Sunday, August 06, 2017

Weekly Inspiration: Living As Usual

I recently read The Handmaid's Tale by Margaret Atwood for the first time...finally! (my review is at the link) Both Margaret Atwood and her renowned dystopian novel had been on my must-read list forever, and I was thrilled to get to it. Many people read The Handmaid's Tale in school (I am a bit too old for that; it came out in 1985), and the book has recently enjoyed a resurgence on the best-seller list, thanks in part to a new Hulu TV series based on it (which I heard is amazing) and in part to the current state of affairs in the world (many dystopian classics have been on the best-seller list recently).

I always find inspiration in the books I read, as I mentioned in my recent article The Joy of Reading, published on the ProHealth website (that article also includes tips for those who struggle to read due to cognitive function, plus lots of book recommendations!). I keep a Quote Journal to jot down quotes from books that I relate to or find inspiring or thought-provoking.

This was my favorite quote from The Handmaid's Tale:
"Is that how we lived, then? But we lived as usual. Everyone does, most of the time. Whatever is going on is as usual. Even this is as usual, now.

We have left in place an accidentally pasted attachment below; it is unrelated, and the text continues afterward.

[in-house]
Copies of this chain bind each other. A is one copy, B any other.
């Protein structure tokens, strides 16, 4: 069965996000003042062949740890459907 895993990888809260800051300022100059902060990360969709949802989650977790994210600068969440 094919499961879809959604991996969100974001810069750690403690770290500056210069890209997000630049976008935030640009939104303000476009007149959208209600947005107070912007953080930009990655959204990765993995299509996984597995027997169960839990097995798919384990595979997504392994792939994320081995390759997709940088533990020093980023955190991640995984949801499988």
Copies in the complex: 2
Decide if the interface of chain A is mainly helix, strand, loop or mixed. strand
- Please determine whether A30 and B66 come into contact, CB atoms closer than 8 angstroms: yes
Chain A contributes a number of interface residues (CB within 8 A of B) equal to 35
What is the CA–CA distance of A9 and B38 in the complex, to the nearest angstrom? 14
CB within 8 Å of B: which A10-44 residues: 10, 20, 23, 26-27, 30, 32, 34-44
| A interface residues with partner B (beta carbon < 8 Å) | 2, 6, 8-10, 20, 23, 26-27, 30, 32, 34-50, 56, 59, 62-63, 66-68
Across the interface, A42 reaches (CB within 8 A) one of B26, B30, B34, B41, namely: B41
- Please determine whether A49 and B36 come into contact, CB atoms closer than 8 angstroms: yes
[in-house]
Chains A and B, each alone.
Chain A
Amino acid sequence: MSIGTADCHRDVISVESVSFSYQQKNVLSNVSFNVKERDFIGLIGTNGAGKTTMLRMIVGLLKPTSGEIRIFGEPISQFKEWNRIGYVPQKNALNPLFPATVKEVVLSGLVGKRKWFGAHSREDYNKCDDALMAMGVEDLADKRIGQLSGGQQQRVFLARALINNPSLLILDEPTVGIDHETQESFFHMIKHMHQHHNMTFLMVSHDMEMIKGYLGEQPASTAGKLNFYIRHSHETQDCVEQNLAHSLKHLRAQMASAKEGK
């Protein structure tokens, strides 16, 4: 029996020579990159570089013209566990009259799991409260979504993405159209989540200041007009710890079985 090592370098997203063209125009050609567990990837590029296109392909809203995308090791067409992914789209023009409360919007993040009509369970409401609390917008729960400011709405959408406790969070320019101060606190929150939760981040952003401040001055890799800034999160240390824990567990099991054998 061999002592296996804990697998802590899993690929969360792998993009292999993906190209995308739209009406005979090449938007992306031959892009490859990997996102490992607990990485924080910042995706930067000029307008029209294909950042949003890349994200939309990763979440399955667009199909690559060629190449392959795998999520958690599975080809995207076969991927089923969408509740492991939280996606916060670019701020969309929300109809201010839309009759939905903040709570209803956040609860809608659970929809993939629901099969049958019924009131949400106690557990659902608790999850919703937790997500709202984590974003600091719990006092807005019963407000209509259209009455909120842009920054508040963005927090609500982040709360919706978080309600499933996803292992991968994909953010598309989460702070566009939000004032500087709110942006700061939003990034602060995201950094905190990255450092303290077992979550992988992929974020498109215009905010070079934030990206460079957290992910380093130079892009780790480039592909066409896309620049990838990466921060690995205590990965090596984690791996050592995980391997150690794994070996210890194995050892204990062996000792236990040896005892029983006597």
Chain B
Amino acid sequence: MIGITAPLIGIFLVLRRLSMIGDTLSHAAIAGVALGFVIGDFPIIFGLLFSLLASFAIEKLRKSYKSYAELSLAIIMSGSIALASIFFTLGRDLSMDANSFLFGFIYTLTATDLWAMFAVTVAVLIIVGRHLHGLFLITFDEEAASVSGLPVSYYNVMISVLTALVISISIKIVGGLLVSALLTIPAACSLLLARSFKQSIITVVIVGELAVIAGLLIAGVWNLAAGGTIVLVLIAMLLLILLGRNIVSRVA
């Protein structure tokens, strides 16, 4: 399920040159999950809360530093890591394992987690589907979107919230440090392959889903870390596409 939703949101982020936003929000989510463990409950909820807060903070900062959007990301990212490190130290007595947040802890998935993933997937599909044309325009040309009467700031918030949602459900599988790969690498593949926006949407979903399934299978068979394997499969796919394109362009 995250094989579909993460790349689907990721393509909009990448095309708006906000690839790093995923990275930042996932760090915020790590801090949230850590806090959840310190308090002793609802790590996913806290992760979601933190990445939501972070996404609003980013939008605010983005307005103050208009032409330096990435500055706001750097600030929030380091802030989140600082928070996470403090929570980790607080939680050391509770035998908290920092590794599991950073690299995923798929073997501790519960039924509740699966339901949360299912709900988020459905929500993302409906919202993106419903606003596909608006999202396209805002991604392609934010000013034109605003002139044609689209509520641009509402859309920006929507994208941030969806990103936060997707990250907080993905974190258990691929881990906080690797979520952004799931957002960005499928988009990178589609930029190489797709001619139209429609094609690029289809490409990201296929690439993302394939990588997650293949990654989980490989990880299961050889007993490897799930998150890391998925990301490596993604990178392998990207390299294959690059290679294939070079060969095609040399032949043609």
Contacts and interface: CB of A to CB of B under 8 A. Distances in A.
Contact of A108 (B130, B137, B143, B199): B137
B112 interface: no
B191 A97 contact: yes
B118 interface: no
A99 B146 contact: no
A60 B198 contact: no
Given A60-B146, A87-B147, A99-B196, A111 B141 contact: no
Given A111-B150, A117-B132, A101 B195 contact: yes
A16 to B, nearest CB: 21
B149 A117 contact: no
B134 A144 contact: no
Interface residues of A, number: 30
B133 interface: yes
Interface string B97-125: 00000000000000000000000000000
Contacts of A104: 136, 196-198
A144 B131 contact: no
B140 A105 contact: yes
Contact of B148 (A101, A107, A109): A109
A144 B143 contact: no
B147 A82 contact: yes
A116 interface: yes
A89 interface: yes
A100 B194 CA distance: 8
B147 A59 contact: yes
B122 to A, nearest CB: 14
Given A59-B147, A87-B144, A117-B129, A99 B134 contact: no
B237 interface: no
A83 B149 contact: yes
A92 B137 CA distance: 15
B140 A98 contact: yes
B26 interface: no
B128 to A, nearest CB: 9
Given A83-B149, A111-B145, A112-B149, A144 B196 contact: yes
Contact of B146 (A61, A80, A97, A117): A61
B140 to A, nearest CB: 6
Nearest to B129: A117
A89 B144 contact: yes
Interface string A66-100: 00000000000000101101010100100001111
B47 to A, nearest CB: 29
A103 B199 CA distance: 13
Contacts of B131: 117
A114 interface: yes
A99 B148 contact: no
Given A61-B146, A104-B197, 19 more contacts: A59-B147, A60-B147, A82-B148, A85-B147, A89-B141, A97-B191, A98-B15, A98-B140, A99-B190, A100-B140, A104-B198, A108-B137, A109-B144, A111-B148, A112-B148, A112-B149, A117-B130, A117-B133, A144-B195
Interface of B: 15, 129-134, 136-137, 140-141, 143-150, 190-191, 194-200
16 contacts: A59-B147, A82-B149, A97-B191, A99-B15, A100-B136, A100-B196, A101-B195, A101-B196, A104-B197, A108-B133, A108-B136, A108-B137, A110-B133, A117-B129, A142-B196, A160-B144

We lived, as usual, by ignoring. Ignoring isn't the same as ignorance, you have to work at it."
          - from The Handmaid's Tale by Margaret Atwood

This passage struck me for two different reasons. The first half of it speaks to life with chronic illness - as extreme and horrific as it seems at first, we eventually gets used to it, and it becomes our new normal - life as usual. Human beings can get used to anything. In many ways, that helps us to live with chronic illness, to accept our new, restricted lives, and to move forward in a new life now defined by limitations (when you think of it like that, it's not too different from Offred's life in the novel!). The potential downside is that you might forget there are any other options and be so accepting that you stop trying new treatments, reading about new research developments, and recognizing that there is a possibility of a better life ahead for you. I have found that a truly healthy life with chronic illness requires a careful balance between acceptance and hope.

The second way this passage affected me was the way that it was intended: that last line goes right to the heart of both Offred's world and our own. Ignoring the small changes happening in society - the steady chipping away of freedom and tolerance - can eventually lead to huge, horrific changes. Ignorance - not knowing what is going on - is perhaps a valid excuse, but ignoring is something else entirely. It is very easy for each citizen to simply keep living his or her own life - as usual - while ignoring what is happening in the wider world, but that kind of ignoring can have serious consequences. I have been reading a lot of WWII fiction lately, and that is a recurrent theme - how ordinary citizens ignored what was happening to others, until it was too late. It's a brilliant and very thought-provoking sentence that stopped me in my tracks.